What keeps the C-suite awake at night? It’s a question often asked and in recent years one concern continues to occupy the top spot – the threat of disruption by new digital entrants.

Whether that’s in banking, insurance, energy, telecoms, retail or any other industry, the threat is real.

The public sector is no different. The digital demands of citizens are being shaped every day through their experience as consumers. We expect to be able to carry out routine tasks such as paying bills, booking appointments and a host of other activities through our mobile devices. What’s more, we expect our digital experiences to be fast, frictionless, and right first time. 

The explosion of connected devices is changing how businesses operate. Just look at the seemingly unstoppable march of AI (Artificial Intelligence) and the new kid on the block, 5G. Increased connectivity will mean a radical shift in the relationship between human and machine.  

So, what is the solution? As Head of Consulting for Capita, you would be forgiven for thinking I would say outsourcing and technology are the answer. In truth, technology is only part of the solution as it’s just an enabler. The real secret sauce goes deeper and is more intrinsic. At the crux of helping to deliver real digital change is the type of culture you cultivate, and the environment you operate in. These are the things we’re working hard to establish as part of our new Digital Consulting business at Capita, and there are several elements to this which we believe are key…

Hardwiring a beta mindset

Carol Dweck, a psychologist from Stanford, coined the term “Growth mindset”. She argued individuals who believe their talents can be developed, by working hard, getting feedback from others, and always looking for a better outcome, have a growth mindset. They tend to achieve more than those with a more fixed mindset, who believe their talents are innate gifts. They worry less about looking smart and they put more energy into learning. When an organisation adopts a growth mindset, they empower their employees and find that in turn their employees are more committed, collaborate better and are far more likely to embrace innovation.

At Capita we encourage everyone to have a growth mindset – what we refer to as a ‘Beta’ mindset to reflect that we’re constantly responding to change – by developing the following characteristics in our people:

  • Always learning and not afraid to ‘unlearn’ and ‘relearn’.
  • Intensely curious – constantly asking questions in search of better solutions.
  • ‘Scientific’ in approach – prepared to consistently challenge the status quo and look for evidence that disproves / improves an accepted belief.
  • Comfortable operating in uncertain and volatile environments where ambiguity is part of the day to day way of working.

So, how do you build a Beta mindset? There are three key things we focus on as a team:

  1. First, give people the freedom to think, and then the space to apply that thinking to problems.
  2. Second, build experiments and explore scenarios – certainty is an illusion.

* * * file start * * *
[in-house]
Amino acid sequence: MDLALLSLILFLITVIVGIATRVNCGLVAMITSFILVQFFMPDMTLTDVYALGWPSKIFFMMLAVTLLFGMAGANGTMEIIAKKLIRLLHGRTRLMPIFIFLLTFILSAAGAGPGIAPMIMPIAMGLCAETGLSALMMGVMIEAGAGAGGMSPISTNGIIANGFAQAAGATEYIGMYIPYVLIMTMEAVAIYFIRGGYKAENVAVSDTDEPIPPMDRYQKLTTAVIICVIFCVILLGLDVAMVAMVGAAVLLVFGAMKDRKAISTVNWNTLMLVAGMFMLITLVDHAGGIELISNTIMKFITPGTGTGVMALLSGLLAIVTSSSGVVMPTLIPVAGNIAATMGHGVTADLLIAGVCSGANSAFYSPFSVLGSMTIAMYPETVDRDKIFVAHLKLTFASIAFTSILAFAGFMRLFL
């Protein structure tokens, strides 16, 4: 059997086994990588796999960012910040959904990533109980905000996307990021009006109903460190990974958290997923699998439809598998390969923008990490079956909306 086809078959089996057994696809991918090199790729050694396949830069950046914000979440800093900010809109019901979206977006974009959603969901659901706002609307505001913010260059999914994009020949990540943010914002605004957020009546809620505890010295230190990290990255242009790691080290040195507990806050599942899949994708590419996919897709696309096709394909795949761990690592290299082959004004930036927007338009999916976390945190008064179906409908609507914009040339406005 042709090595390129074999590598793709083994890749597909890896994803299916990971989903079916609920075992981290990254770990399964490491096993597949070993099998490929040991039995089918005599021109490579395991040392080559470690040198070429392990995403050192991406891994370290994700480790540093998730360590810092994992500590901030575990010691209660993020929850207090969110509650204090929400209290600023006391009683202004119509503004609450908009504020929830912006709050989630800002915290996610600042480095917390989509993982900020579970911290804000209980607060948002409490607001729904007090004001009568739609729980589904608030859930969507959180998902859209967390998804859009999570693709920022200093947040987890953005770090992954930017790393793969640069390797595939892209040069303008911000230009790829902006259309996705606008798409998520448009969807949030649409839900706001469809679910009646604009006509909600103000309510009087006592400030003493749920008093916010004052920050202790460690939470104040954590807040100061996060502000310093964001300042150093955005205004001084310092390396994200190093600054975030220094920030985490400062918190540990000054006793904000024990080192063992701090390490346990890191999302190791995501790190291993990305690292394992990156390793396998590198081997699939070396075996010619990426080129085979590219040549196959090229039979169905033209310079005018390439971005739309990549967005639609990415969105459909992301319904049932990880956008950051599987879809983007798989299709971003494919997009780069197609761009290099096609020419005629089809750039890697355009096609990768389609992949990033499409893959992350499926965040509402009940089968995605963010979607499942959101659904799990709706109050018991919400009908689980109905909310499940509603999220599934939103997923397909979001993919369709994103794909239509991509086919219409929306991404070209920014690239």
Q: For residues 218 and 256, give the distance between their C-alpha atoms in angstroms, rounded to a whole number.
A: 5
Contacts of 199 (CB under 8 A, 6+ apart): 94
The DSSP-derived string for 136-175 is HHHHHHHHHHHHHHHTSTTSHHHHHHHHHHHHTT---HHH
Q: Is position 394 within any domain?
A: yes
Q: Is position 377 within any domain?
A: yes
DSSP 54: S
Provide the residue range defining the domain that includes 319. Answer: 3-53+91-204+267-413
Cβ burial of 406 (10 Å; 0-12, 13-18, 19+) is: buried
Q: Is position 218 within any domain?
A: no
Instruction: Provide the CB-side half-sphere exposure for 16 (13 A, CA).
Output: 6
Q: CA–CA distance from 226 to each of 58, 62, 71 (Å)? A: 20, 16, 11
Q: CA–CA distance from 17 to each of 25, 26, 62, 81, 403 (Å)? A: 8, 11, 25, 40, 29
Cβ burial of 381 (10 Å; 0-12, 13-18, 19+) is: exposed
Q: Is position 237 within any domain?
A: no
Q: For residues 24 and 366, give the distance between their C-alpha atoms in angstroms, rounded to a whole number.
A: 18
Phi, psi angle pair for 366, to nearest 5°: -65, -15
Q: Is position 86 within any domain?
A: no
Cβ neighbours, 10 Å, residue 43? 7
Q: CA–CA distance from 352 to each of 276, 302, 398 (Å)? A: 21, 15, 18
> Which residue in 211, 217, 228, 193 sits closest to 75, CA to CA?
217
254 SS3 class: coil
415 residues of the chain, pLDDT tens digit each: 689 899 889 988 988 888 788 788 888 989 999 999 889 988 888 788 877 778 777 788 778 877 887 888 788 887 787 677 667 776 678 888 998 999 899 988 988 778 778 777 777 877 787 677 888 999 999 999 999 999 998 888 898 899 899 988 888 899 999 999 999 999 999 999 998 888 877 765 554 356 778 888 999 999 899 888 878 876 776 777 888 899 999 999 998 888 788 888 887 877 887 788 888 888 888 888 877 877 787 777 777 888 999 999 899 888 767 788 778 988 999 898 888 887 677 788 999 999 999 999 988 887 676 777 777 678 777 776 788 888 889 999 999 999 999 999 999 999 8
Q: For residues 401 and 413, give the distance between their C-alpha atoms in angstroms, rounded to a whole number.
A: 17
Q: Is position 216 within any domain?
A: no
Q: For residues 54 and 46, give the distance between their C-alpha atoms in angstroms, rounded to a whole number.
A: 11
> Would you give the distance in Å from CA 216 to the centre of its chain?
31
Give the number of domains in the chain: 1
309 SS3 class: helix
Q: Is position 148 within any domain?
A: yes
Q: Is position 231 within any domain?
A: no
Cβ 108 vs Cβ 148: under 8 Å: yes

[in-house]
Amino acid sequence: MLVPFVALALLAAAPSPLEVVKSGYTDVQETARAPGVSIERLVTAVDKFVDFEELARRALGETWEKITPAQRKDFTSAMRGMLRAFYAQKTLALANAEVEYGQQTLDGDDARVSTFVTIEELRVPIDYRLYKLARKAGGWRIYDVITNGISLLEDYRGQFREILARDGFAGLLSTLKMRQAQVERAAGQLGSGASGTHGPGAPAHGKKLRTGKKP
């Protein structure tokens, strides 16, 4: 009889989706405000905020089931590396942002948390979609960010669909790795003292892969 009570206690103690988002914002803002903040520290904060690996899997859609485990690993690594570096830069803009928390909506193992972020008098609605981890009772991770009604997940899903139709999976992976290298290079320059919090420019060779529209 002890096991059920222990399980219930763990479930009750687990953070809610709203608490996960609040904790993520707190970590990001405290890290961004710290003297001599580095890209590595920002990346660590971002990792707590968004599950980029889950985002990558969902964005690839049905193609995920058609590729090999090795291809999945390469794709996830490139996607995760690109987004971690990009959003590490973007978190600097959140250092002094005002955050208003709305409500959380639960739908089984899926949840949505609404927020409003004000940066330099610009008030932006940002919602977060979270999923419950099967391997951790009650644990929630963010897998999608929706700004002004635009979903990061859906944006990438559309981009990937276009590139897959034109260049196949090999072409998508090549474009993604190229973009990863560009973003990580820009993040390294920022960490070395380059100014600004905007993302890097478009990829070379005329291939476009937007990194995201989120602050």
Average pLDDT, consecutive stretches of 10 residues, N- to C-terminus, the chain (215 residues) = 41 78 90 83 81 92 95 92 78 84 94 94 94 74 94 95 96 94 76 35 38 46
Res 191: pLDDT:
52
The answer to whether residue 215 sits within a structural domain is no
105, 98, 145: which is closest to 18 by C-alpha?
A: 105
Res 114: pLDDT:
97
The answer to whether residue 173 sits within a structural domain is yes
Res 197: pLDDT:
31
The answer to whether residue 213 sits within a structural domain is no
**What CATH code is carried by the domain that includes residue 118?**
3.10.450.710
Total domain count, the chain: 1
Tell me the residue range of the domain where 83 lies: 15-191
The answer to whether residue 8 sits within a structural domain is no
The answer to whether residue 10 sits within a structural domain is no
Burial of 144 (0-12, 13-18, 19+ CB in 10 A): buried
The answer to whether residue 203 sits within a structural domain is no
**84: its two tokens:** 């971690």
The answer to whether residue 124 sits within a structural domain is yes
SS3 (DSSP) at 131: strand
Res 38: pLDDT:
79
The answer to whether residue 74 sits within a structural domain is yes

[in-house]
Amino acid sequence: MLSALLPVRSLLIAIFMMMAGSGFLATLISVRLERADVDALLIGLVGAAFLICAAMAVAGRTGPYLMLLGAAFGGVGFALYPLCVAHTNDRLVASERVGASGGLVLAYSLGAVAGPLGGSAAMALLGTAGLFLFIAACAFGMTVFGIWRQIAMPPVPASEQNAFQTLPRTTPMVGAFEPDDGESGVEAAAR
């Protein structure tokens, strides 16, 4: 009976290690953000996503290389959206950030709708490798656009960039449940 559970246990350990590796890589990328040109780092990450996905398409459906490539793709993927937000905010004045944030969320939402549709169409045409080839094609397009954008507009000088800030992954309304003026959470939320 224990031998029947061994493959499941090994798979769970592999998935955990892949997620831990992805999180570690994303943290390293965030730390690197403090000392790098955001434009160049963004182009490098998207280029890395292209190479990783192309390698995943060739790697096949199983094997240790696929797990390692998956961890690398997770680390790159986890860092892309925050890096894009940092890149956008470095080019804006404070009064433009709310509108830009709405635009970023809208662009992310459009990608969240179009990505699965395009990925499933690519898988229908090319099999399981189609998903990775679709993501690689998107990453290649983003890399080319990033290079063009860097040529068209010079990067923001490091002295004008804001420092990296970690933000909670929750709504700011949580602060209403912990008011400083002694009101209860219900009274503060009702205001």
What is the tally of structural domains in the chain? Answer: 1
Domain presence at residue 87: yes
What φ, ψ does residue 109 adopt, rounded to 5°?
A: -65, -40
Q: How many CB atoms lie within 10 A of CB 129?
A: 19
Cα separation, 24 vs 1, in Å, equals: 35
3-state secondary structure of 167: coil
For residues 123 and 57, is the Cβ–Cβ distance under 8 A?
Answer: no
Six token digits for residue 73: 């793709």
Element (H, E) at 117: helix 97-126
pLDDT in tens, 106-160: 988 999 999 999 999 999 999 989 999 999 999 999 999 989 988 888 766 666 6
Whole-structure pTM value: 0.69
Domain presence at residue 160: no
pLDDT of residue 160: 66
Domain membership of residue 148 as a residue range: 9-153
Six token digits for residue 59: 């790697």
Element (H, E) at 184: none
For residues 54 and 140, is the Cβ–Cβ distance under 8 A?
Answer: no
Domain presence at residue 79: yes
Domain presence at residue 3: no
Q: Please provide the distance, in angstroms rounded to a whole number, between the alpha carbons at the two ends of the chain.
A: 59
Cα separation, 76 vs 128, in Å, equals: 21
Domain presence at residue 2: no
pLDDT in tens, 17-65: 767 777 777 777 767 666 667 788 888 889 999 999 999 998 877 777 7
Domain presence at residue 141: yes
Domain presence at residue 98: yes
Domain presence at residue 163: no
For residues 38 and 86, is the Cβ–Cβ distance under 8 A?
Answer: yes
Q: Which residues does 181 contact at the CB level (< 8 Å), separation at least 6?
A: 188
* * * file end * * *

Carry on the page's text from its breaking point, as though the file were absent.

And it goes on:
3. Third, just start!  At some point you have to begin, even when you don’t have all the answers. While not doing anything is always an option, not doing anything out of paralysis is a fast way to nowhere.

Building an open environment

Creating the right environment is essential to encouraging a Beta mindset culture at work. Pulling together a fantastic team of Beta thinkers and then sticking them in a cupboard with laptops is not conducive to great results. At Capita, we’re building lab environments to support project teams working on problems in the right type of open and collaborative spaces.

We’re also working on environments that bring together multiple disciplines to solve problems, from experience designers to data scientists and engineers. Our Govtech Garage opposite the Ministry of Defence in London is one such environment for running Government-related projects.

Encourage systems thinking

In addition to cultivating a Beta mindset and creating the right environment, it is also essential to think about systems.

Not systems in the narrow sense but in the way in which they are interdependent, and how relationships exist across the people, process, technology, and political landscapes in which we are delivering digital change.

Why think in this way? It helps to understand the bigger picture – no product or service is an island. You are forced to solve real problems. It encourages rapid innovation, so you have no choice but to adapt swiftly. The best solution could be one that does not build anything new, or it could be as simple as the right person making a better policy decision and enforcing it consistently.

If we allow ourselves to be comfortable with uncertainty, give ourselves space to think, embrace optionality and interdependencies, and most importantly, create the right environments to encourage this behaviour, then we’re capable of delivering things beyond what we think is possible. And that’s a pretty good place to be.

Thinking about your organisation?